I just finished three days of great chukar and partridge hunting in northeast Nevada. The dogs did very well and we found about a covey per hour of intense hiking. One sequence stands out in my mind ...
Ryan's pointer Storm went on point 500' above us, up a steep slope, on the far side of 50' tall rock outcropping. (thanks, Garmin). So we suck it up, gain the altitude, and start to actually climb over and around the rock to ambush the birds. Storm has great manners and all goes well. Ryan generally goes over the top, I manage to find my way around about half way up the rock on the left side. We get most of the way around the pile and the birds finally spook, flushing from high on my right down the valley to my left, 35 to 50 yards out. Tough shots, but for the first time in my life I tripled on chukar. Storm did a great job on the retrieves; one of the birds had bounced 50 yards down the slope, but all were dead when he picked them up.
I doubled on another covey and finished that day with a Nevada limit, also my first ever.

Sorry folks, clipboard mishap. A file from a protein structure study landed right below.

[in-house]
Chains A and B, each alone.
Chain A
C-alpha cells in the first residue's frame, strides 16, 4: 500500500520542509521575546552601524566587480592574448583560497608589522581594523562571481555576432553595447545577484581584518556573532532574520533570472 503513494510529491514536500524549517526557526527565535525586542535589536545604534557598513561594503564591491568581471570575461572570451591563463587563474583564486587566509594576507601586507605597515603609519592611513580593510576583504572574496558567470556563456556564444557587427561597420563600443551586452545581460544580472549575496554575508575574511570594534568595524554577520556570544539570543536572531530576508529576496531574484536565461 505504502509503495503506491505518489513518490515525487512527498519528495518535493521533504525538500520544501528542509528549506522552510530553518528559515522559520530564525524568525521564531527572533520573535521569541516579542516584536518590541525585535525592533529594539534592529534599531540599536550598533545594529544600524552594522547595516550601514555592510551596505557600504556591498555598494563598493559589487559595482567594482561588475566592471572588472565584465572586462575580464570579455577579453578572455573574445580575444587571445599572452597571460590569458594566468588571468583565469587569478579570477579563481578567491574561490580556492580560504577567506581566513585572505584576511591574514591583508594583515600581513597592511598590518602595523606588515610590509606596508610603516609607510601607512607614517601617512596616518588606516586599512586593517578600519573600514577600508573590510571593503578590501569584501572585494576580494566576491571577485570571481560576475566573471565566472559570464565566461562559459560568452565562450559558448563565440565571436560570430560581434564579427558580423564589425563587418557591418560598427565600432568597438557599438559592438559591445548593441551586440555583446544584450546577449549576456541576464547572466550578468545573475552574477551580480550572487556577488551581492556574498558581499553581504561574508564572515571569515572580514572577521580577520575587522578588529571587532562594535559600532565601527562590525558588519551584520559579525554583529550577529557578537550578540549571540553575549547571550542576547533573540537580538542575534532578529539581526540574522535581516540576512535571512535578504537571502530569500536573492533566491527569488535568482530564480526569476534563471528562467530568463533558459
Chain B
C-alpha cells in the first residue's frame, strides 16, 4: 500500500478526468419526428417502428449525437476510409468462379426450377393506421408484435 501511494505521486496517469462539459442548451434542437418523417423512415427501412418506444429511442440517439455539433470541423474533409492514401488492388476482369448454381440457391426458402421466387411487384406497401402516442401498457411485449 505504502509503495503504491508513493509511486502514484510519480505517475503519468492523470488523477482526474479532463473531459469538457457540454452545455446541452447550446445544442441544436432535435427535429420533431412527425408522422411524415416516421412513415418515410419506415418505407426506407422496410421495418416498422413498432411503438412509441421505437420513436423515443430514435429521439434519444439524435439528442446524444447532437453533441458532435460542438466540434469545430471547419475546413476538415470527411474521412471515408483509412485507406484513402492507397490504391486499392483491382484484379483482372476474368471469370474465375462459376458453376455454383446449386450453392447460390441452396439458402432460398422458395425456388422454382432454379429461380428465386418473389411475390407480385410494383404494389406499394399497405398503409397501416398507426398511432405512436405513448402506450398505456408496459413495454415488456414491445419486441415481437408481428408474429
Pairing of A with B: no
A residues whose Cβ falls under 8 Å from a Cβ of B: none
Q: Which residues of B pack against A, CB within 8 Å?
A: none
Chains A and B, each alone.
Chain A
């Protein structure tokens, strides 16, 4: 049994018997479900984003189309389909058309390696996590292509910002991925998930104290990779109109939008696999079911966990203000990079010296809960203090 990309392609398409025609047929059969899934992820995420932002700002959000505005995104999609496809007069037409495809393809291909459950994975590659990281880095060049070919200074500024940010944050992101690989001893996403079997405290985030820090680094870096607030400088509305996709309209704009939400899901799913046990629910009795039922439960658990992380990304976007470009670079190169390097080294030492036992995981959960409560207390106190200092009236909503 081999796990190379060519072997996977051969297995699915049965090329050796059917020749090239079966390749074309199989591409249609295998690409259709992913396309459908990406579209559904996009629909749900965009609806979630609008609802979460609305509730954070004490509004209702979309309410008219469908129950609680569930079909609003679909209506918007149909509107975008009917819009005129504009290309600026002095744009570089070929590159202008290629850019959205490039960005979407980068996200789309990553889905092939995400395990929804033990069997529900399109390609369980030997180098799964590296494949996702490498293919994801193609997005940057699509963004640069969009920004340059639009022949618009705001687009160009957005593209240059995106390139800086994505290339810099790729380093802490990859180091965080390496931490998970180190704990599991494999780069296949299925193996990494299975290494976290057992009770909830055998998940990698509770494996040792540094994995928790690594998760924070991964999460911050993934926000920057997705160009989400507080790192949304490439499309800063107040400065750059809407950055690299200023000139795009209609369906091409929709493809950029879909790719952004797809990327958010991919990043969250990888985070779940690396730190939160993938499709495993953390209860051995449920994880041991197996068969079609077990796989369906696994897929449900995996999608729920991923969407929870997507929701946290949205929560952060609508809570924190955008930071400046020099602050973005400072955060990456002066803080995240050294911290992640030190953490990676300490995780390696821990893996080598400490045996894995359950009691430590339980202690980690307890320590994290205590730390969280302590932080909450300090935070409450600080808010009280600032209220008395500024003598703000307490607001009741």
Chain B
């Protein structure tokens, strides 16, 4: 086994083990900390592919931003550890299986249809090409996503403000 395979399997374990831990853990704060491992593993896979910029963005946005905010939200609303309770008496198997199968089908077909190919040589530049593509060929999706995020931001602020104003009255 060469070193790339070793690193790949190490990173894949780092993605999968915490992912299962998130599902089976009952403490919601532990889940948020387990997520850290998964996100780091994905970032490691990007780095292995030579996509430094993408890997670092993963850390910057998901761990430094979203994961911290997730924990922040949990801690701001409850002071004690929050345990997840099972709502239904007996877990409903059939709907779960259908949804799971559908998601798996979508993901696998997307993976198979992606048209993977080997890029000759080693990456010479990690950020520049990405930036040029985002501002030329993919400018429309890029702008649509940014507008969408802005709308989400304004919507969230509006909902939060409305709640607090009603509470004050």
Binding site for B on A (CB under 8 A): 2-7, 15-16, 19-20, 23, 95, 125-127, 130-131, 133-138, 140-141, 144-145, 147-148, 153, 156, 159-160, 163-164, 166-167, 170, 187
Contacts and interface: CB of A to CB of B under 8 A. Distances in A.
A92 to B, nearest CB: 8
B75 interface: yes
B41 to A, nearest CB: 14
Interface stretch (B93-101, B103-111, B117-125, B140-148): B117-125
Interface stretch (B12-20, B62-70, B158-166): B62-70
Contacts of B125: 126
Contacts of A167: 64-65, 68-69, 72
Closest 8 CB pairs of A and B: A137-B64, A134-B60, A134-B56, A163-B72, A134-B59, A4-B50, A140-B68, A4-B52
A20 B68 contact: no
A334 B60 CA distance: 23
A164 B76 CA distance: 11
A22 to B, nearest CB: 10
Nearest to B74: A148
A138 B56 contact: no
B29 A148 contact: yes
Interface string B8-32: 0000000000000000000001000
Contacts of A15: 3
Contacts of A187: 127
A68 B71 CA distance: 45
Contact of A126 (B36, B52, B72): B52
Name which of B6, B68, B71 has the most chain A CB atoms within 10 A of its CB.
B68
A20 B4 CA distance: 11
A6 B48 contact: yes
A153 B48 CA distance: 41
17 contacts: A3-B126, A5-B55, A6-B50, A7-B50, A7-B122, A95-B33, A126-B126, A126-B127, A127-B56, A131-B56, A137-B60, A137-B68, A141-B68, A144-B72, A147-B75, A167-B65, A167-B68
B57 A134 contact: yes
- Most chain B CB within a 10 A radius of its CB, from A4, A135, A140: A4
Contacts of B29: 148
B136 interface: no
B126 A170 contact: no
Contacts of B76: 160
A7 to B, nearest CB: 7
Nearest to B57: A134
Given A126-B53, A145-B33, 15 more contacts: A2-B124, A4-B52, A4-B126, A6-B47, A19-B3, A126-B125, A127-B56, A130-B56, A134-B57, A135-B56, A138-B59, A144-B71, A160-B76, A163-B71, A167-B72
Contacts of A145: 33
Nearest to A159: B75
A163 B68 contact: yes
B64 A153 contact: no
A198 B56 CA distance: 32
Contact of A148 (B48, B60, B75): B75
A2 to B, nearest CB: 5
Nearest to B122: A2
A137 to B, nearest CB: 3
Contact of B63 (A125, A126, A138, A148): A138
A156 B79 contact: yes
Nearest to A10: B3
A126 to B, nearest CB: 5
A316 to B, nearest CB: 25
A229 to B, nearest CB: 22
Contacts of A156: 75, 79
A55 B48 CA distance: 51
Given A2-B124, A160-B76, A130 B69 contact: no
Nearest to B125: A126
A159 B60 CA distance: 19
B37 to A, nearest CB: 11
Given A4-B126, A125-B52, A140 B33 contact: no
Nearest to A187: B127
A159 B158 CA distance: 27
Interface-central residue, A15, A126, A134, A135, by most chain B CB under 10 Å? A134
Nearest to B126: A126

But now I am firmly on the Dark Side. I really enjoy shooting my vintage 16ga SxS's but using those guns I probably would not have put even one bird in the bag. Last year I purchased a Benelli Ultra Lite 12ga semi-auto; it weighs only 6lbs and swings like a game gun. It also handles heavy loads: my first two rounds are 1-3/8oz of nickel plated #7 at 1350fps, and my last round is a Praire Storm #6. For the trip I shot over 50% and many of the shots would have been passed if swinging the 16's. And the Benelli has a nice sling which makes it much easier to scramble around in the nasty places where chukar hang out.
The SxS's are not for sale; they are the perfect guns for most of my hunts in Arizona and Montana and California and Oregon. But on those big Nevada slopes I'll be swinging the Benelli. Apologies to Obi Wan.
In rooster country
1 day ago